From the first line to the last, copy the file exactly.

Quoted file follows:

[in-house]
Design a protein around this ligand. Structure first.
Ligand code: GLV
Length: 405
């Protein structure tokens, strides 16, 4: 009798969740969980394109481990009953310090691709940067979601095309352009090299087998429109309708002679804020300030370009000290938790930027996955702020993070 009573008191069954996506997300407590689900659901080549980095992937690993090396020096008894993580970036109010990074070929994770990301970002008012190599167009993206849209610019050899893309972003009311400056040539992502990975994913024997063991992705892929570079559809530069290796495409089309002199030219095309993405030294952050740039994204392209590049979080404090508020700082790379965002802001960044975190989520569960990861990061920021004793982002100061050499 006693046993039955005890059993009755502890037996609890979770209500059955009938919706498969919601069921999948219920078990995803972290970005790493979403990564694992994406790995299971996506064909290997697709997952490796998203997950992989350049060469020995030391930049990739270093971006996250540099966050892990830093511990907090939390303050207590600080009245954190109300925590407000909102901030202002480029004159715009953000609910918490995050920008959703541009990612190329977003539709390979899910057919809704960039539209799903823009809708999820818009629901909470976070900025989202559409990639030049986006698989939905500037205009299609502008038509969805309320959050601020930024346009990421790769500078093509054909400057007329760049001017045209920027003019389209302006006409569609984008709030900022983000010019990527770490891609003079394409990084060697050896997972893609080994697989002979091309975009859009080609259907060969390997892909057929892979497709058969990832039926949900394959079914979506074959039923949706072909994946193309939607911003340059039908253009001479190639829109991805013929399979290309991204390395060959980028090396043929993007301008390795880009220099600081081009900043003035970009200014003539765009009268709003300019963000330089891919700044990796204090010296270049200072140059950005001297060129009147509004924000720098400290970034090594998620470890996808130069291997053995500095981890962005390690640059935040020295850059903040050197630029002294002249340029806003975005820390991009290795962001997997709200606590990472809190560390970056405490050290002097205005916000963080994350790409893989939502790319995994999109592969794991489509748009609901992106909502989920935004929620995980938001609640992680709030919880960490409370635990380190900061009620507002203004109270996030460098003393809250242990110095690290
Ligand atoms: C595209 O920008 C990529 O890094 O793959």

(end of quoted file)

[in-house]
Design a protein around this ligand. Structure first.
Ligand code: GLV
Length: 405
């Protein structure tokens, strides 16, 4: 009798969740969980394109481990009953310090691709940067979601095309352009090299087998429109309708002679804020300030370009000290938790930027996955702020993070 009573008191069954996506997300407590689900659901080549980095992937690993090396020096008894993580970036109010990074070929994770990301970002008012190599167009993206849209610019050899893309972003009311400056040539992502990975994913024997063991992705892929570079559809530069290796495409089309002199030219095309993405030294952050740039994204392209590049979080404090508020700082790379965002802001960044975190989520569960990861990061920021004793982002100061050499 006693046993039955005890059993009755502890037996609890979770209500059955009938919706498969919601069921999948219920078990995803972290970005790493979403990564694992994406790995299971996506064909290997697709997952490796998203997950992989350049060469020995030391930049990739270093971006996250540099966050892990830093511990907090939390303050207590600080009245954190109300925590407000909102901030202002480029004159715009953000609910918490995050920008959703541009990612190329977003539709390979899910057919809704960039539209799903823009809708999820818009629901909470976070900025989202559409990639030049986006698989939905500037205009299609502008038509969805309320959050601020930024346009990421790769500078093509054909400057007329760049001017045209920027003019389209302006006409569609984008709030900022983000010019990527770490891609003079394409990084060697050896997972893609080994697989002979091309975009859009080609259907060969390997892909057929892979497709058969990832039926949900394959079914979506074959039923949706072909994946193309939607911003340059039908253009001479190639829109991805013929399979290309991204390395060959980028090396043929993007301008390795880009220099600081081009900043003035970009200014003539765009009268709003300019963000330089891919700044990796204090010296270049200072140059950005001297060129009147509004924000720098400290970034090594998620470890996808130069291997053995500095981890962005390690640059935040020295850059903040050197630029002294002249340029806003975005820390991009290795962001997997709200606590990472809190560390970056405490050290002097205005916000963080994350790409893989939502790319995994999109592969794991489509748009609901992106909502989920935004929620995980938001609640992680709030919880960490409370635990380190900061009620507002203004109270996030460098003393809250242990110095690290
Ligand atoms: C595209 O920008 C990529 O890094 O793959």